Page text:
UK Travel: A Coronavirus Update

Staying in a Treehouse

Want to stay in a treehouse? Hear treehouse, think shed up a pole, right? Well, what if the tree were more unspoilt forest on the edge of a national park. And the house were more five-star hotel suite. What if I also told you that said treehouse is in the grounds of one of England’s very best country house hotels? Not sounding quite so rustic now is it?

Chewton Glen Hotel in Hampshire, just on the boundary of the New Forest national park, unveiled six eco treehouses, divided into 12 treehouse suites, last year. And, my goodness, have they been popular. Far more popular than you might expect when you consider that they cost a minimum of £600 a night, but the good news is right now you can stay for four nights for the price of three bringing the price down overall to a more manageable £450 a night.

I know, it's still pretty expensive. But you get what you pay for – and, some would would argue, more: a television over the bath; tons of free snacks; a breakfast hamper served through a secret hatch; your very own view of your very own piece of forest; you very own hot tub on your very own balcony.

You can also use the facilities at the hotel. And that includes a nine-hole par 3 golf course and one of the UK’s best hydrotherapy spas. You can demand a buggy to pick you up from your front door at a moment’s notice and deposit you at the hotel for drinks in the bar, or dinner in the much-lauded Vetiver restaurant. And you can make disgustingly opulent hot beverages with the appropriately named Prima Donna coffeemaker, to enjoy in your private hot tub.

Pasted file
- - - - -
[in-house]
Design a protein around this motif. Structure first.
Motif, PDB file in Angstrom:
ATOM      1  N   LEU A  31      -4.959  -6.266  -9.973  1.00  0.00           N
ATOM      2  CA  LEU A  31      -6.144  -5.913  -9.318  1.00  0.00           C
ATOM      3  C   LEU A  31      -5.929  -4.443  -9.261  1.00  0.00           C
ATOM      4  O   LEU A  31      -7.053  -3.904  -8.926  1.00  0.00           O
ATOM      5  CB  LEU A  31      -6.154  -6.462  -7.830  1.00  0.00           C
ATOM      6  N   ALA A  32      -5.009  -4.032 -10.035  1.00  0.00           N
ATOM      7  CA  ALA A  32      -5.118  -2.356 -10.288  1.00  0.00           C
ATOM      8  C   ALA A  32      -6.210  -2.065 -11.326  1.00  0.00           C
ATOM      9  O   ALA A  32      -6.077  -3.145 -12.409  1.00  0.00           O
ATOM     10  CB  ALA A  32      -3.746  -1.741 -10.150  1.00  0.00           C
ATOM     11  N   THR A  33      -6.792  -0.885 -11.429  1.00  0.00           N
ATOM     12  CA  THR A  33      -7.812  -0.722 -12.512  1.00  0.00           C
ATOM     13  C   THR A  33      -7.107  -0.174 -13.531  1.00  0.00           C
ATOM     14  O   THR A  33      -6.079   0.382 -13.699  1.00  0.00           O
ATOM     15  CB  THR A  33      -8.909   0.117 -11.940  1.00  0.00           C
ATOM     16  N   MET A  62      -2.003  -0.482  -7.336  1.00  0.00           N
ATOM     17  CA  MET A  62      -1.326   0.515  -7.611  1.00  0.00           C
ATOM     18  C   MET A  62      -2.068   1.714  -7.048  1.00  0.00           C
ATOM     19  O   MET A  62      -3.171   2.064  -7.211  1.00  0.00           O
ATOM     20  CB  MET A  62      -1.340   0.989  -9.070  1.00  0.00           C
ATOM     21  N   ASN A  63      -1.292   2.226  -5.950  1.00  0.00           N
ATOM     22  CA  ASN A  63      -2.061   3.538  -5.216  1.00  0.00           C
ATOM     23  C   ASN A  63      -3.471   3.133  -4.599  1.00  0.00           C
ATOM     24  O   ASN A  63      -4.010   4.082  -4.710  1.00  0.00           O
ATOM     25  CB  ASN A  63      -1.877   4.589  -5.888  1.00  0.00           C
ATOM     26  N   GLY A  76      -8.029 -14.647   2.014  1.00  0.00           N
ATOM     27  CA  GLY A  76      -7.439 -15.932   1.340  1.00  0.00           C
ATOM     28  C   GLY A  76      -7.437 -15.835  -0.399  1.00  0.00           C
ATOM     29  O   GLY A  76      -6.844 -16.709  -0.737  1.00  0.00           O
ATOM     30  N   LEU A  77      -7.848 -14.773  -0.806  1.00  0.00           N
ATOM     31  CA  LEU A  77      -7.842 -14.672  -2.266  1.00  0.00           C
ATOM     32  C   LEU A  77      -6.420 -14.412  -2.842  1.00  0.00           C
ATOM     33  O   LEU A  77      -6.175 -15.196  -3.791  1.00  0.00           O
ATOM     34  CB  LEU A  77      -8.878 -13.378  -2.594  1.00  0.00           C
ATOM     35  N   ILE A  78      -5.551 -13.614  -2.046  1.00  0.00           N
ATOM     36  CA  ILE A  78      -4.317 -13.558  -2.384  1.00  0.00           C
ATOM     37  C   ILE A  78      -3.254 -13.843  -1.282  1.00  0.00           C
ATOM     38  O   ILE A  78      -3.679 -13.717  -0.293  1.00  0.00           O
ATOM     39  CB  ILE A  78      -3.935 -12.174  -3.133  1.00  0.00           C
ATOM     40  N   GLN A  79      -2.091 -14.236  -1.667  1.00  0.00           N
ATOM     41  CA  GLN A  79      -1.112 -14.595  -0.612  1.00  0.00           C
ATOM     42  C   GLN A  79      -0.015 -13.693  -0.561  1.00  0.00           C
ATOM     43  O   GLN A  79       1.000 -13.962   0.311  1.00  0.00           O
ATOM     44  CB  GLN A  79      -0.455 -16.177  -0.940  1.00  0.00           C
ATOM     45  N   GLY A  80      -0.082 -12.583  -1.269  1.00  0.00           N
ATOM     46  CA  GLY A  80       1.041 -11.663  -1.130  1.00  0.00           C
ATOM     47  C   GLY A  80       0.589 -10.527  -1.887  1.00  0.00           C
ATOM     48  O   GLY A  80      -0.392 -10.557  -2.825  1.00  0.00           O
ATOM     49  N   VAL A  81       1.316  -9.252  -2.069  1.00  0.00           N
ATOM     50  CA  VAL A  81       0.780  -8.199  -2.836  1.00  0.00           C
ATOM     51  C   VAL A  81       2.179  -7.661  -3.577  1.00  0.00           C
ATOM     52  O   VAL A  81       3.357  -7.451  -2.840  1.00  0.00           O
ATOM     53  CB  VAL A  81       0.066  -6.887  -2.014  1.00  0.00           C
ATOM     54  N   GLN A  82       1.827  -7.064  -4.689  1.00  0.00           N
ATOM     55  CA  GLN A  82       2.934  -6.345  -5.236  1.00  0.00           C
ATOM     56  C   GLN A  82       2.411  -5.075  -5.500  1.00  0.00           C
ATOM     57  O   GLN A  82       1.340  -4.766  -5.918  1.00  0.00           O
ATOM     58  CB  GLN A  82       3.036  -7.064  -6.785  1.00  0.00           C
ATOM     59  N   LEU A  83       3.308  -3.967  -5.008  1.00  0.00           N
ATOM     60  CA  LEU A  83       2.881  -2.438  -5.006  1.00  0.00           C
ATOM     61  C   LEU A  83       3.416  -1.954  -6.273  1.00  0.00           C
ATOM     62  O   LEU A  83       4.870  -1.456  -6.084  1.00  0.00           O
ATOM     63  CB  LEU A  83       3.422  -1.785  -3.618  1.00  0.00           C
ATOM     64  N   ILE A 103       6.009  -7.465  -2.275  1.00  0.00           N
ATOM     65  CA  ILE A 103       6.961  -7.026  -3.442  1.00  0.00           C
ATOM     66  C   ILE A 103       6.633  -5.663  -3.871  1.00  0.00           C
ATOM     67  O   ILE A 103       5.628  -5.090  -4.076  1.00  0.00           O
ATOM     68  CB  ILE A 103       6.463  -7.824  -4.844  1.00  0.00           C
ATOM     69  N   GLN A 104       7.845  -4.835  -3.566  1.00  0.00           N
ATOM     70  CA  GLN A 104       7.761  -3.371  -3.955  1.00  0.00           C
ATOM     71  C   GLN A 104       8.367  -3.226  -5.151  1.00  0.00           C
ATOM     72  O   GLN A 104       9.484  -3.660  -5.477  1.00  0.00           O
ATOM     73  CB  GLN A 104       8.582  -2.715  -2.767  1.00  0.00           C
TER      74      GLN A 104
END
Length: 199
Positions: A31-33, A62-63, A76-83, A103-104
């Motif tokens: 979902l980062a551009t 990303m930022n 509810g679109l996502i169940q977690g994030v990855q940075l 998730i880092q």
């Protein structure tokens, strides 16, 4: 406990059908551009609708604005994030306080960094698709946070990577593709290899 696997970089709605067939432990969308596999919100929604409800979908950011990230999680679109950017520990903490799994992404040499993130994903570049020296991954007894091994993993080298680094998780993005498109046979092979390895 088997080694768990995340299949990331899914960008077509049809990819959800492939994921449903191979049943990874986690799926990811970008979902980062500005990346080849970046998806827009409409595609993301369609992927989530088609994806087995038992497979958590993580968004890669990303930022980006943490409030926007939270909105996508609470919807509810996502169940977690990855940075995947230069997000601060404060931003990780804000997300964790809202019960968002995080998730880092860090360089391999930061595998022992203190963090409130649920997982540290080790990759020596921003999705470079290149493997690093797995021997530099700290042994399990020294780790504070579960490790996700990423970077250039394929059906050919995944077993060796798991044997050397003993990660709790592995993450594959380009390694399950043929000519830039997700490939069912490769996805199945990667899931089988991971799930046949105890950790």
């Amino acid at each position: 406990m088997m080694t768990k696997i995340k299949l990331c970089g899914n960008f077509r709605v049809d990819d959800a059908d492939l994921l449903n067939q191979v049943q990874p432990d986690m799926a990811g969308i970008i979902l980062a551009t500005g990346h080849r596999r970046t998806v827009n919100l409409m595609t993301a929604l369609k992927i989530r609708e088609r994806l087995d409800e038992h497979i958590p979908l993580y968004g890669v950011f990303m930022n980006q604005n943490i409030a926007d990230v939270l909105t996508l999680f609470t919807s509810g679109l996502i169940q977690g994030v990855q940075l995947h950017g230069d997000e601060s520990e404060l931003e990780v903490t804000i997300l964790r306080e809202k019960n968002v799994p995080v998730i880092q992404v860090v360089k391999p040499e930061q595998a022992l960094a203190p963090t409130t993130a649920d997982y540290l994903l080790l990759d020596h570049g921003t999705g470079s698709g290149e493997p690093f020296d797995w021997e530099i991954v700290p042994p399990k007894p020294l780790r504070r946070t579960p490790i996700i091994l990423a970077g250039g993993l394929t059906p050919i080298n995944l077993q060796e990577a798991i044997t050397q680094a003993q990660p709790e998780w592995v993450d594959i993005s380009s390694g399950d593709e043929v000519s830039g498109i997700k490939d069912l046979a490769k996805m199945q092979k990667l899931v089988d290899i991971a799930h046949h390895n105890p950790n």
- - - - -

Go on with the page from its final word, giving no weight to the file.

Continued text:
Ah, the hot tub. I must confess I spent much of our stay in mine, gazing out at the trees, watching pheasants lollop along the ground and the sky turning from blue to black. My husband, meanwhile, spent much of his time exploring the gadgetry, seemingly trying to watch all three flatscreen TVs simultaneously, while shouting “is that loud enough?” about the music blasting from the digital radio, and ordering us a luxury hamper through the Samsung tablet. Which also has free wifi, naturally.

Not that you would really want to use it. This is a place to relax – all muted greys, natural greens and clean whites, with a wood burner for added soporific effect – and, of course, a whole lot of glass to bring the outside in.

Thanks to all that glass, waking up here is an experience, opening your eyes to find not only 9000-thread linens and what feels like at least a dozen squashy pillows, but also the forest, dangling its green fingers at the foot of the bed. It called me outside, stepping through the glass doors to take yet another dip in the hot tub and excitedly await the arrival of that breakfast hamper.

Of course though, at some point you will have to leave. Back to the real world and all that. One night in the treehouse was never going to be enough, but on leaving, I realised that longer would be dangerous. After all, as Charlie Chaplin said, “the saddest thing I can imagine is to get used to luxury”.